Seth Rogen organizes a Weed Carnival to help research against Alzheimer's disease


Actor Seth Rogen will host next month a carnival to fight Alzheimer's

The event, strictly reserved for adults, will see the presence of other actors who will animate stands. The proceeds from this festival organized by the association "Hilarity for Charity" will go to research on the fight against Alzheimer's disease, an issue that closely affects Rogen.

"For" Hilarity for Charity ", we like to fight Alzheimer's disease, but we also love rides, alcohol and weed! Said Rogen, who launched his own cannabis company in March, in a promotional video for the event to be held in Los Angeles. "We are trying to become better people so that if there is life after death, we will not go to hell. "

Comedians Adam Devine, Andrew Rannells, Ben Feldman, Casey Wilson, Ilana Glazer, Ike Barinholtz, Jeff Ross, Josh Gad, Kate Micucci, Nick Kroll, Regina Hall and Riki Lindhome participate in the event. Skateboarder Tony Hawk reportedly planned to perform tricks in a halfpipe. Rapper Anderson Paak will also give a concert.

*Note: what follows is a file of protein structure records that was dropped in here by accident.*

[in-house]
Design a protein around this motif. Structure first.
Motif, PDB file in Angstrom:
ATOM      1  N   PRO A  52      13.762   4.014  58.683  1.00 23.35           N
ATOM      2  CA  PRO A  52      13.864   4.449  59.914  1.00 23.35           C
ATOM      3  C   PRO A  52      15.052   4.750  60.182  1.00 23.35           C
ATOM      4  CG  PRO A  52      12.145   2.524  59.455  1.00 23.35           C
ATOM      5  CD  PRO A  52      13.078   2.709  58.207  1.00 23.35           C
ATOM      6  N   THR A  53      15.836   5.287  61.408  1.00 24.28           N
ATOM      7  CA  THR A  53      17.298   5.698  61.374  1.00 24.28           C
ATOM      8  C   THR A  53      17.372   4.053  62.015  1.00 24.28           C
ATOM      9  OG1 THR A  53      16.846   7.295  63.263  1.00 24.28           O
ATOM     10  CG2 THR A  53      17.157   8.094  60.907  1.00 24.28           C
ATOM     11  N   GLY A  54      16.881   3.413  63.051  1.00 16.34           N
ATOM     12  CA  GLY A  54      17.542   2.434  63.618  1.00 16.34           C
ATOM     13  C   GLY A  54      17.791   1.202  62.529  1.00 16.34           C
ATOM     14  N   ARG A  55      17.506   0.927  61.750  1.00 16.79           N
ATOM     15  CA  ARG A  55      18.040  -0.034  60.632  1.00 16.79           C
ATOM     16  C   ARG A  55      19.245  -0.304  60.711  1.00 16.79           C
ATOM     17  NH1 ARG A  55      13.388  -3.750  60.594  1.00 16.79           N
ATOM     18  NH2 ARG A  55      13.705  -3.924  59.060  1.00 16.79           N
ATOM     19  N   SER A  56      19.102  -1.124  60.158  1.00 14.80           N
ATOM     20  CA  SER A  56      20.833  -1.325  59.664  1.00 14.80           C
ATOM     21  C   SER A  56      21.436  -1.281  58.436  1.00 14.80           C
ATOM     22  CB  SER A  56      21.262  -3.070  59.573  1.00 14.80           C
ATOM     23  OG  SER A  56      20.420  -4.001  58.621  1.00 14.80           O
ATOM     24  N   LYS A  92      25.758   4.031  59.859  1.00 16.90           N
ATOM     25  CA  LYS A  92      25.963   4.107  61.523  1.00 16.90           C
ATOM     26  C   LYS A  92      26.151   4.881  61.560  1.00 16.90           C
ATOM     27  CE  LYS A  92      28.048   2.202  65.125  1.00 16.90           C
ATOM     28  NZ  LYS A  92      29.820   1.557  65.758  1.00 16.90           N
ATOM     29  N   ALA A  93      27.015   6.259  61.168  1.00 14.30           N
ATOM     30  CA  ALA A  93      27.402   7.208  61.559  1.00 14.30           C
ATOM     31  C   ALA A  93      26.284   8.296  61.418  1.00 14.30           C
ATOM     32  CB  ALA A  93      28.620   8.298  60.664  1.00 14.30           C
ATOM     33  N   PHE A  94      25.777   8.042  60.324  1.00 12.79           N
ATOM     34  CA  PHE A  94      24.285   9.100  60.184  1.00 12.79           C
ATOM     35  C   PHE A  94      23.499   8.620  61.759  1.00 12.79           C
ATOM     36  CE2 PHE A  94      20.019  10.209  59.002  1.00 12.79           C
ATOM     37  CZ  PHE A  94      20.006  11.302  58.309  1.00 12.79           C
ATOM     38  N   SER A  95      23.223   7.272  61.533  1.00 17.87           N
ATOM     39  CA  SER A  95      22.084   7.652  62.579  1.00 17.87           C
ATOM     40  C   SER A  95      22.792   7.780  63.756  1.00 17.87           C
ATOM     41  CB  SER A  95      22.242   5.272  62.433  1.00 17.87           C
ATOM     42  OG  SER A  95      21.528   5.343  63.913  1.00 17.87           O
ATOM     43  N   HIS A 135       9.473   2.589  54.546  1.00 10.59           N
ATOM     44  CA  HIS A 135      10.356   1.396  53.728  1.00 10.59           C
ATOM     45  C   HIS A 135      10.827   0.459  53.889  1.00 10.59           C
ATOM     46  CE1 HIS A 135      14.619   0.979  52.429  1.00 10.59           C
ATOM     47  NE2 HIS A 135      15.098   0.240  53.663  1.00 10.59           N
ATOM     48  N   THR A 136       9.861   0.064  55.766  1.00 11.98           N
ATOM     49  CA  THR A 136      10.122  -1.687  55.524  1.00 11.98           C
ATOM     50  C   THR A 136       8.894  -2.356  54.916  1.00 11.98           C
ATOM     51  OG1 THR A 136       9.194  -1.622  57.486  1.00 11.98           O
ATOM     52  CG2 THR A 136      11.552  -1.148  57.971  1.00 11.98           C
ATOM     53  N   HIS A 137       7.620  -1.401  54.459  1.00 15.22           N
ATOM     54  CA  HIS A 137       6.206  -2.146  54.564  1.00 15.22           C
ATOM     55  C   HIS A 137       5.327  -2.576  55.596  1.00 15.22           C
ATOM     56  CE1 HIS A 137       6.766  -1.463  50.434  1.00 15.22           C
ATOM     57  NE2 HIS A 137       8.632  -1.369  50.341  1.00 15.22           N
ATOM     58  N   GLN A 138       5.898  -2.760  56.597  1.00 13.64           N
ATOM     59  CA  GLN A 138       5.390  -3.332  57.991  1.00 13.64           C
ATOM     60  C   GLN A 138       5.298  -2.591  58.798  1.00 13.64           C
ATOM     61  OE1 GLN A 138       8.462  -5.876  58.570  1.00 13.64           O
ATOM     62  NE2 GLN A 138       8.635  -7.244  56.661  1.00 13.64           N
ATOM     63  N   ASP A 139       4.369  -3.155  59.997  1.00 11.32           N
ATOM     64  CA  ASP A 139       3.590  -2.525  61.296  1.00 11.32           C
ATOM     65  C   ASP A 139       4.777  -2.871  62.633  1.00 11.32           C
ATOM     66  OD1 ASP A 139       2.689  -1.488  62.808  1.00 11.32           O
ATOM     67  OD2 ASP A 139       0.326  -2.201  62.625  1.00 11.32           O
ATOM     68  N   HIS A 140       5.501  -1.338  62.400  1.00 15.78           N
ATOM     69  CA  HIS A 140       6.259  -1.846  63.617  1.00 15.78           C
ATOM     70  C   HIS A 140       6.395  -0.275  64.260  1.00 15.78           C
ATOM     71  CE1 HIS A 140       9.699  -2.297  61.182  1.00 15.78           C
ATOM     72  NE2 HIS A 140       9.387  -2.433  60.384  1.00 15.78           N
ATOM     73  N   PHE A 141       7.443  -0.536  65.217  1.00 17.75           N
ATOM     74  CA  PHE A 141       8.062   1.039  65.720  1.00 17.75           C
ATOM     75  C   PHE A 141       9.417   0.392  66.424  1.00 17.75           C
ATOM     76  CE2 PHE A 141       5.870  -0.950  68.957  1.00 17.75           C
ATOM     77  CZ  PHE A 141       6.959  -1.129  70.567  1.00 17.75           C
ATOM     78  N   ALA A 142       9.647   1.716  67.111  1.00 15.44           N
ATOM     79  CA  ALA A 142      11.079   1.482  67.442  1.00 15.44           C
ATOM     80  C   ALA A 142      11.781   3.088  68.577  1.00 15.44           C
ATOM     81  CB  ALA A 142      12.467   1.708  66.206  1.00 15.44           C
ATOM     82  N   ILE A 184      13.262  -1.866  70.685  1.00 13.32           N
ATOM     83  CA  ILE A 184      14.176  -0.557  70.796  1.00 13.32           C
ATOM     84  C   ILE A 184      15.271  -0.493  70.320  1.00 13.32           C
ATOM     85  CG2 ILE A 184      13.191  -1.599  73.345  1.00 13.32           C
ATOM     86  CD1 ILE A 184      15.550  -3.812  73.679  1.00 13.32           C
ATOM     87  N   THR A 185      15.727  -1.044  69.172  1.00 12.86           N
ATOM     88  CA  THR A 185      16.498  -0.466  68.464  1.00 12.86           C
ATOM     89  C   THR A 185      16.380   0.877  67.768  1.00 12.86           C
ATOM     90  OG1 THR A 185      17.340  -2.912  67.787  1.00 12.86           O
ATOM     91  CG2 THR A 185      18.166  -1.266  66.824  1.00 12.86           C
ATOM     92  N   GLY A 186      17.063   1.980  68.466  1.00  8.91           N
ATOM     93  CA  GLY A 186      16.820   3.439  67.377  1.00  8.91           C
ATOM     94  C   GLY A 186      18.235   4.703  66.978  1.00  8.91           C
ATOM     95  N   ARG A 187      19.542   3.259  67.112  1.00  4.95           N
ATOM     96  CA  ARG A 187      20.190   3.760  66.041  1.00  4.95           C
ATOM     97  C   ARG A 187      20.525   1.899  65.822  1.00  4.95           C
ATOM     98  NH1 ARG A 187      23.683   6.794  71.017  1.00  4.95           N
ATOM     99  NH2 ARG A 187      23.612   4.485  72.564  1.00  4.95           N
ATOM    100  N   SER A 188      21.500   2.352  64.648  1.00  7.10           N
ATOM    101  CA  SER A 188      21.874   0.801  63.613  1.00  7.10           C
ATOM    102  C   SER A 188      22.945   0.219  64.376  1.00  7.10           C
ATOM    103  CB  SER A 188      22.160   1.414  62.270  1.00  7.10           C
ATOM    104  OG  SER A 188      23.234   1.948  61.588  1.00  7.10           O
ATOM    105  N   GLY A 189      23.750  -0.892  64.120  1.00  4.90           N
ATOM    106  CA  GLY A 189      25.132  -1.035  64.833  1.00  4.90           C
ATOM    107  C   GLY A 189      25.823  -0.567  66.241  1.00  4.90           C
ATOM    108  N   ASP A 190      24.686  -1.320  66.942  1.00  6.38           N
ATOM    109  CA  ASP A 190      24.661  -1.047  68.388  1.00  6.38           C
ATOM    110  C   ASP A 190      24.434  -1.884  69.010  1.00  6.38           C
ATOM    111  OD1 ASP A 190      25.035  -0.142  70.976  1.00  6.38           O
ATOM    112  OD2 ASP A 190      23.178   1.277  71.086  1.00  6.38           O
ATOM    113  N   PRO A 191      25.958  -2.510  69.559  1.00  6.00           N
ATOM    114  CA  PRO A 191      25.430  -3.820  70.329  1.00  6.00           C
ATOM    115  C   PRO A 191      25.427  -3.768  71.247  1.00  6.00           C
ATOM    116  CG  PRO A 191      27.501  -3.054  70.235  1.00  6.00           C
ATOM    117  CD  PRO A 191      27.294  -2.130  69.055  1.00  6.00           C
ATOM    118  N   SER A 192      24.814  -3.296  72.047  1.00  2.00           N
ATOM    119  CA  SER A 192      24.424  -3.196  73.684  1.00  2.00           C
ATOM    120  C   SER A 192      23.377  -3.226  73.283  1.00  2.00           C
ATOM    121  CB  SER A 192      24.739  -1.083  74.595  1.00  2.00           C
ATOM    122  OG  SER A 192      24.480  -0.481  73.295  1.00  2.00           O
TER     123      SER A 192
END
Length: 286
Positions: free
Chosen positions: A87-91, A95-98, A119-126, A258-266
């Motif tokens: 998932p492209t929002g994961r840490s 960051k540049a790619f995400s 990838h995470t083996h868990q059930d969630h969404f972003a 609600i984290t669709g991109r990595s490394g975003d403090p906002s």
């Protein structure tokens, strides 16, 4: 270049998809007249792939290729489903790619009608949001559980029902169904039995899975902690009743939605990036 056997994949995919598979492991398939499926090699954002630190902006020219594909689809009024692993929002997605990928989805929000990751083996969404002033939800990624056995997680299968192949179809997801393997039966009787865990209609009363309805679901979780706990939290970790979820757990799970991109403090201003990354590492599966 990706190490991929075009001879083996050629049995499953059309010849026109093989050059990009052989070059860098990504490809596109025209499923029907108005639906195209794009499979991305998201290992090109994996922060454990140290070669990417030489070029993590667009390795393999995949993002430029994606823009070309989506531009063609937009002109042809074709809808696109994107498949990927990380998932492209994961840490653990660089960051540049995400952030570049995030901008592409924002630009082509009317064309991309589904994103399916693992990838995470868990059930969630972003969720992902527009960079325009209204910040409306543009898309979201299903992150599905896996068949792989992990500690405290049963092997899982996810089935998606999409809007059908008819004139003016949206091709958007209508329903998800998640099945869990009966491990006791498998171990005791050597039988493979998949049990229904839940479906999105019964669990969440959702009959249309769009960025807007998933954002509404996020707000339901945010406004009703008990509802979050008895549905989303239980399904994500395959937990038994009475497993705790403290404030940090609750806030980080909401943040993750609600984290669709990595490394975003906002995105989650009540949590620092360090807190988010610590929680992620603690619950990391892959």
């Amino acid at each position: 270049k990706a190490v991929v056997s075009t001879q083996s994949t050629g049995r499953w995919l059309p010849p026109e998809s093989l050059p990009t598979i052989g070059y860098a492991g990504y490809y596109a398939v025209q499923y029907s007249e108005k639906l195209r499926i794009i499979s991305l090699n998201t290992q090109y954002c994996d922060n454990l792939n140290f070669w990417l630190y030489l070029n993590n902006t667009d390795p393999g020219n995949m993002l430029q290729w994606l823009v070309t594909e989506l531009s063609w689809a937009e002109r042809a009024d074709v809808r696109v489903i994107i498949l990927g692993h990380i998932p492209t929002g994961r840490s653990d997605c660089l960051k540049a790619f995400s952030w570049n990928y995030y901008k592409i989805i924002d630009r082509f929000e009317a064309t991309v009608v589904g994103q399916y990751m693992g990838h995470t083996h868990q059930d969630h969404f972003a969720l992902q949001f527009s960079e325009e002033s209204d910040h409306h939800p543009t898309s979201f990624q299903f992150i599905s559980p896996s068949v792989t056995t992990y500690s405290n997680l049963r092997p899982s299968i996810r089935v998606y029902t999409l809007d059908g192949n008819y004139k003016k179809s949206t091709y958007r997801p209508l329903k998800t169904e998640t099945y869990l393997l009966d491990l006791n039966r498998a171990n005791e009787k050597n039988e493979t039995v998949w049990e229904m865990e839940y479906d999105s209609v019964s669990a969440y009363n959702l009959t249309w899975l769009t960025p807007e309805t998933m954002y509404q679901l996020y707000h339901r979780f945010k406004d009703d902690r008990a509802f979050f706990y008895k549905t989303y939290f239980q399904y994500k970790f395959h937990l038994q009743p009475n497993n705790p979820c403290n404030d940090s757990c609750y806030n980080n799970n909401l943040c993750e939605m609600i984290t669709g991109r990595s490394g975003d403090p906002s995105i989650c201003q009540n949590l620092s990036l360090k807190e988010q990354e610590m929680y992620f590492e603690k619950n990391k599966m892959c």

Details about the place of cannabis in the program are not currently available on the event website. But Gad, one of the participating comedians, noted in a tweet that it was "the only fair I would be attending this year, other than my kids' book fair, which has a lot less weed."

Rogen's commitment to fighting Alzheimer's is not new. He became an activist in disease research after seeing his stepmother develop Alzheimer's at an early stage.

In 2014, the actor testified before a Senate committee on research in the field of Alzheimer's disease by joking about the fact that he was not there to discuss the subject on which he was expected: marijuana.

"I must first answer the question that many of you ask yourself, I guess. That's right, it has nothing to do with the legalization of marijuana, "he said. "In fact, if you can believe it, it concerns something that I find even more important. "

Although he did not mention it during his hearing before the commission, research has shown that cannabis can help eliminate a toxic protein associated with Alzheimer's disease. Last year, the federal government asked the public to submit additional scientific research on the potential therapeutic benefits of marijuana in the treatment of this disease.

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